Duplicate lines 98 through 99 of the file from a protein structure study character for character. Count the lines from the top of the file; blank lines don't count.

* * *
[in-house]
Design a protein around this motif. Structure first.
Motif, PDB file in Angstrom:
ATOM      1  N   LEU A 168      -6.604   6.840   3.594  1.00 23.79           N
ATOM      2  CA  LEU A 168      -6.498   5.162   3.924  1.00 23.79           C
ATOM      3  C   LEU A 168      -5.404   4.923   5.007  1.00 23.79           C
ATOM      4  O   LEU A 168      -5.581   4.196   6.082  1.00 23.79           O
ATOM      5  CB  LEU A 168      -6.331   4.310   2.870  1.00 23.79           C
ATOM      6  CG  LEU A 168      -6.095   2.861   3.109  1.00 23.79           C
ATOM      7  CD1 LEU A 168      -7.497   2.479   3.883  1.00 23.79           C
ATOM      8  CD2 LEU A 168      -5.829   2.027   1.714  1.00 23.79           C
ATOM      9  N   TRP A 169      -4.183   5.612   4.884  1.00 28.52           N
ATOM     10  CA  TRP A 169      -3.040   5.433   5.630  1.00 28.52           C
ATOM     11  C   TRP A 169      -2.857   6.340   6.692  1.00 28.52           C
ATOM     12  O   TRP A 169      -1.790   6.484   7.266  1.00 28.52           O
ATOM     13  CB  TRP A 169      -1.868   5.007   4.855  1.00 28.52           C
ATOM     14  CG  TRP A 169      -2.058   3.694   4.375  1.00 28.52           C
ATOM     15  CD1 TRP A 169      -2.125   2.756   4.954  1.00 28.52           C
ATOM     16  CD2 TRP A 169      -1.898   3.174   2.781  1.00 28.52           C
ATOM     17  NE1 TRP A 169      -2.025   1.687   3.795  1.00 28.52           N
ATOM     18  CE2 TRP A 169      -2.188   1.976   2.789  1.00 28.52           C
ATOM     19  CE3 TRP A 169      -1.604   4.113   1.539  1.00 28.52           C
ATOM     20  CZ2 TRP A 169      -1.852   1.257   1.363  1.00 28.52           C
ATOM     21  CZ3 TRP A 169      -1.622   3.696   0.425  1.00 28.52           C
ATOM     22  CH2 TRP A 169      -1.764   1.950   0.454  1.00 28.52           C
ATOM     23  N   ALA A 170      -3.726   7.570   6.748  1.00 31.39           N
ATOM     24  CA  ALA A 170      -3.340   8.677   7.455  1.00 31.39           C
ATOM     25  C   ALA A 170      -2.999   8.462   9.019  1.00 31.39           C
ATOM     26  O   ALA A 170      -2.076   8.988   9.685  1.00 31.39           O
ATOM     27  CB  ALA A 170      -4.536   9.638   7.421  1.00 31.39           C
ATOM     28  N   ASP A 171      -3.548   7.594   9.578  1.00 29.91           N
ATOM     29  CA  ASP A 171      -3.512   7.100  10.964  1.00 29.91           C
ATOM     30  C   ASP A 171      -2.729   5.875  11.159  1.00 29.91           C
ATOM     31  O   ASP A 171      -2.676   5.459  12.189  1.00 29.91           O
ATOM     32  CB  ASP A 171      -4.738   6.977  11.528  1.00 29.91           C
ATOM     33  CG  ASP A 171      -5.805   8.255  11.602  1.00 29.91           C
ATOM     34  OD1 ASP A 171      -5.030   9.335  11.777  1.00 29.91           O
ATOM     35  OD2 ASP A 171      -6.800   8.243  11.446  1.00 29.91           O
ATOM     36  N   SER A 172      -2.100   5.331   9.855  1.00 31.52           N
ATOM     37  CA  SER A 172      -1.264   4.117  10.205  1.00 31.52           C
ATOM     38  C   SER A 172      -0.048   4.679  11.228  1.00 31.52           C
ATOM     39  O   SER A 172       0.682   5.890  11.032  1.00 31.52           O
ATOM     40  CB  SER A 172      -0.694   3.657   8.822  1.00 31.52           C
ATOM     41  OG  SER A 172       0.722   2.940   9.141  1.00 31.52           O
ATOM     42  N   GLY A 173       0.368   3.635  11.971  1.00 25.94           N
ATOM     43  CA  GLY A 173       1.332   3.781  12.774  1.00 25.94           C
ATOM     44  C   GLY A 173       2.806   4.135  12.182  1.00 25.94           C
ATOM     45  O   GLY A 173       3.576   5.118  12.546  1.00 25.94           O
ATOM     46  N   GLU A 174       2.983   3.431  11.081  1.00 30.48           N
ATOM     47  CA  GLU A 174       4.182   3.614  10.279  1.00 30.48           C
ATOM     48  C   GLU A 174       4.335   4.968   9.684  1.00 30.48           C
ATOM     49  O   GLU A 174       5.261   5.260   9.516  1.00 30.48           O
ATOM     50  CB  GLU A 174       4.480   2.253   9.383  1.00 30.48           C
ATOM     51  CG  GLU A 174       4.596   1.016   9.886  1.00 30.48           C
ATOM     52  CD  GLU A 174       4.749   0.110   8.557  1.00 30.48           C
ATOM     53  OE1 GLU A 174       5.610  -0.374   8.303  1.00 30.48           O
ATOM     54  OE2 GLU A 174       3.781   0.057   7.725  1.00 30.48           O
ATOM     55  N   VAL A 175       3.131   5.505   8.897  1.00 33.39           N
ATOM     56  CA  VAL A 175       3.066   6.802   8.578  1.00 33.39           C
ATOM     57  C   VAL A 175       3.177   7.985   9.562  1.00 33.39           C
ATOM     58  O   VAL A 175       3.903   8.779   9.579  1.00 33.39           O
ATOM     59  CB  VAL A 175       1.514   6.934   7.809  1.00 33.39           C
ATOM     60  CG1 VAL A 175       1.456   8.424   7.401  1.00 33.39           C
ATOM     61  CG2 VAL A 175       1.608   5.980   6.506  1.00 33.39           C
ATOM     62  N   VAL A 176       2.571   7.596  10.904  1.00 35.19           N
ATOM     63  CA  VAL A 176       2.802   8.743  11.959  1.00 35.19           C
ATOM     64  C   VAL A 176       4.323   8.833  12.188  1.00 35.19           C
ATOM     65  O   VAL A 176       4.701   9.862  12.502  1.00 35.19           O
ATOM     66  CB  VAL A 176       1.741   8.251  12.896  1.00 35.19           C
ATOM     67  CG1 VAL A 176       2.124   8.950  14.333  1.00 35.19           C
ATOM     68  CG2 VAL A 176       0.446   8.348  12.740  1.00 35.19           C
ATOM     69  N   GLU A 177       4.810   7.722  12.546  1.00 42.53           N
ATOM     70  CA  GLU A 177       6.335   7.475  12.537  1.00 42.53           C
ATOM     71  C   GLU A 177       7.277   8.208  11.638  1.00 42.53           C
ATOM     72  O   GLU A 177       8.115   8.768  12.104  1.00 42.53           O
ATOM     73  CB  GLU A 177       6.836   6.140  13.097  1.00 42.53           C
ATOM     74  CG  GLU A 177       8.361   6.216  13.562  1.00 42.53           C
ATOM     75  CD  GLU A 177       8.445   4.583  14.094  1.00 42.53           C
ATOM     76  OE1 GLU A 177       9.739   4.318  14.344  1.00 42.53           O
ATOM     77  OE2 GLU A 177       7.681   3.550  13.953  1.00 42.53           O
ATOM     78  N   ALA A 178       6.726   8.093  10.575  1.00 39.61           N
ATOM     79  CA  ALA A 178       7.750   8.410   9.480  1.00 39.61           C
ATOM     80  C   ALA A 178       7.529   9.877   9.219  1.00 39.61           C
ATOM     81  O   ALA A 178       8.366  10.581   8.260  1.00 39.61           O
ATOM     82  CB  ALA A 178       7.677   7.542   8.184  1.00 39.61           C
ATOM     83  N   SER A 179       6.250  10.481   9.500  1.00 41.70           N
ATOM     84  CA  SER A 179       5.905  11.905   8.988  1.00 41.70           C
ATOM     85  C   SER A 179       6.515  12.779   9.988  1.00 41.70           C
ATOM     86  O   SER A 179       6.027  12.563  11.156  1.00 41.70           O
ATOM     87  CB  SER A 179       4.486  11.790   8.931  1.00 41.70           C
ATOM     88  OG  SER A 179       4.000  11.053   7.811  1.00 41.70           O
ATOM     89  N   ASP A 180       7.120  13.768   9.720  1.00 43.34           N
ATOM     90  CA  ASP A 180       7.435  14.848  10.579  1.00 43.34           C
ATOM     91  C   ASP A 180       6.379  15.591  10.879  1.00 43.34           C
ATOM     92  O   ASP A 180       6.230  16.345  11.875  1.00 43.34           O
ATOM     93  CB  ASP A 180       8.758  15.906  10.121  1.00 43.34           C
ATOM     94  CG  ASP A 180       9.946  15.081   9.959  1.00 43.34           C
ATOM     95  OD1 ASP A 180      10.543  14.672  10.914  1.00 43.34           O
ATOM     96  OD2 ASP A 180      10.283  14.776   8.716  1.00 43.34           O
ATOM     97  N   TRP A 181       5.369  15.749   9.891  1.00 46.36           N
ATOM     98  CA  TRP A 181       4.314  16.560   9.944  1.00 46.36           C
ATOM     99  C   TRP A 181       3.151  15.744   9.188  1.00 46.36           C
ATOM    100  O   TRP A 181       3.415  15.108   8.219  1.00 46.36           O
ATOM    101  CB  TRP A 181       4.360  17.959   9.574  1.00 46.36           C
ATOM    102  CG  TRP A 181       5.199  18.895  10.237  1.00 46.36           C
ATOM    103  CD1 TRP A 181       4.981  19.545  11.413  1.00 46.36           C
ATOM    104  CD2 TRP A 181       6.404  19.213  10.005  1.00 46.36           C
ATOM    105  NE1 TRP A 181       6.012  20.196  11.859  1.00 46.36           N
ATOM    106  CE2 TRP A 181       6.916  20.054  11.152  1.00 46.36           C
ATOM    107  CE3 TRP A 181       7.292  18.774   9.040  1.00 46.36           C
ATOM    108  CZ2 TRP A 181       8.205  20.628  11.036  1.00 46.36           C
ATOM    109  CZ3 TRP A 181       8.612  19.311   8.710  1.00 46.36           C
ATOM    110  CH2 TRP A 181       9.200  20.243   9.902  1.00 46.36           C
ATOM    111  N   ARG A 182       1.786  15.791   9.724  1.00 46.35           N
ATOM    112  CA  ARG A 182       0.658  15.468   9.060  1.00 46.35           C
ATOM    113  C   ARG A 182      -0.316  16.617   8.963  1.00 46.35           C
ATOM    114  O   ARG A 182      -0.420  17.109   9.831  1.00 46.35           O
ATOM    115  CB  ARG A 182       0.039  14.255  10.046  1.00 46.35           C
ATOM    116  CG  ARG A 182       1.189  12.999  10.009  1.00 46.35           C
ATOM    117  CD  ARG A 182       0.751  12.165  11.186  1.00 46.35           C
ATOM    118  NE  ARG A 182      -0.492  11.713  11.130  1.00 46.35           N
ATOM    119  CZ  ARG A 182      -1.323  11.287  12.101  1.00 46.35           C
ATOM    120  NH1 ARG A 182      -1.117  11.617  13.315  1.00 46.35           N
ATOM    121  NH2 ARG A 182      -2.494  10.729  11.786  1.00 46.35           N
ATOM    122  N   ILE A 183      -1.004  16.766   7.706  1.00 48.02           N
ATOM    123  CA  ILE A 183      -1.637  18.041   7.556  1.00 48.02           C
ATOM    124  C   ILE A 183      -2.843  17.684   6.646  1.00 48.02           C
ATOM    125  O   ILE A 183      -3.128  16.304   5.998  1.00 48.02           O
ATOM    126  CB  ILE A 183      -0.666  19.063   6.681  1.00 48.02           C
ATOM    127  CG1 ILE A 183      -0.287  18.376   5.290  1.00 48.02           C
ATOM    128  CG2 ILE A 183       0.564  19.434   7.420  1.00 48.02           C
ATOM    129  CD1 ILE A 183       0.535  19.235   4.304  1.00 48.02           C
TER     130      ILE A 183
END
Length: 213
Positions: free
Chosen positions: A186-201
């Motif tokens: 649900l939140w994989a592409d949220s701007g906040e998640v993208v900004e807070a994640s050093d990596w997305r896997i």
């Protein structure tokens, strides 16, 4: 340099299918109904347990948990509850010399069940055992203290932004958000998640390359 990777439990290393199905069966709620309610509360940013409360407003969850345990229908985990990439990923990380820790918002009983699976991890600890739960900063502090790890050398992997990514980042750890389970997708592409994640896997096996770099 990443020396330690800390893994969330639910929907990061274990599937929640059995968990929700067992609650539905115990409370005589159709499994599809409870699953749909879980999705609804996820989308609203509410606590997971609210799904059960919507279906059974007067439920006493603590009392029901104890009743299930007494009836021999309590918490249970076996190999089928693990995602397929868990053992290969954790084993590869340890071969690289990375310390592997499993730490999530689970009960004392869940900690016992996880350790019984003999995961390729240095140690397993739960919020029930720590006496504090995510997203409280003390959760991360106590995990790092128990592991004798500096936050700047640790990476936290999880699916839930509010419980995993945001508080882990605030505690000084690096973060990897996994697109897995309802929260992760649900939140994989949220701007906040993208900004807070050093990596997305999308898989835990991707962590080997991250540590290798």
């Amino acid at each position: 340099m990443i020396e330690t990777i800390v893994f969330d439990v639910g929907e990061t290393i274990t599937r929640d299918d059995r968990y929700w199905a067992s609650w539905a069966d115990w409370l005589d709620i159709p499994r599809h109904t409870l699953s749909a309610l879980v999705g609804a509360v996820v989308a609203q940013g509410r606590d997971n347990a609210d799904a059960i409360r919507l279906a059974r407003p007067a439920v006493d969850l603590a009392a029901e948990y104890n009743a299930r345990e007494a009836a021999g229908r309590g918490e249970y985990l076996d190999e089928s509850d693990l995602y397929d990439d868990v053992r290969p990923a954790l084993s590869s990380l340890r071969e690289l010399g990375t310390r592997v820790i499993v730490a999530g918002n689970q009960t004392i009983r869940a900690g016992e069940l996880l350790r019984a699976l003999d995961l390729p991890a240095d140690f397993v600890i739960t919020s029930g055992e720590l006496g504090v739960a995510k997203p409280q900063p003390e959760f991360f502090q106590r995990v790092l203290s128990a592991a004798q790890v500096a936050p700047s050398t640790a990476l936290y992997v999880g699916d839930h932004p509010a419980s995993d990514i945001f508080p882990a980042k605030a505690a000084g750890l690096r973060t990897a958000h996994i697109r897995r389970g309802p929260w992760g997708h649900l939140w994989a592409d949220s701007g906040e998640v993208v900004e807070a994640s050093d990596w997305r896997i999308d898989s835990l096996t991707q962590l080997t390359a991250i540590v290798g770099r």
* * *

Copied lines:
ATOM     95  OD1 ASP A 180      10.543  14.672  10.914  1.00 43.34           O
ATOM     96  OD2 ASP A 180      10.283  14.776   8.716  1.00 43.34           O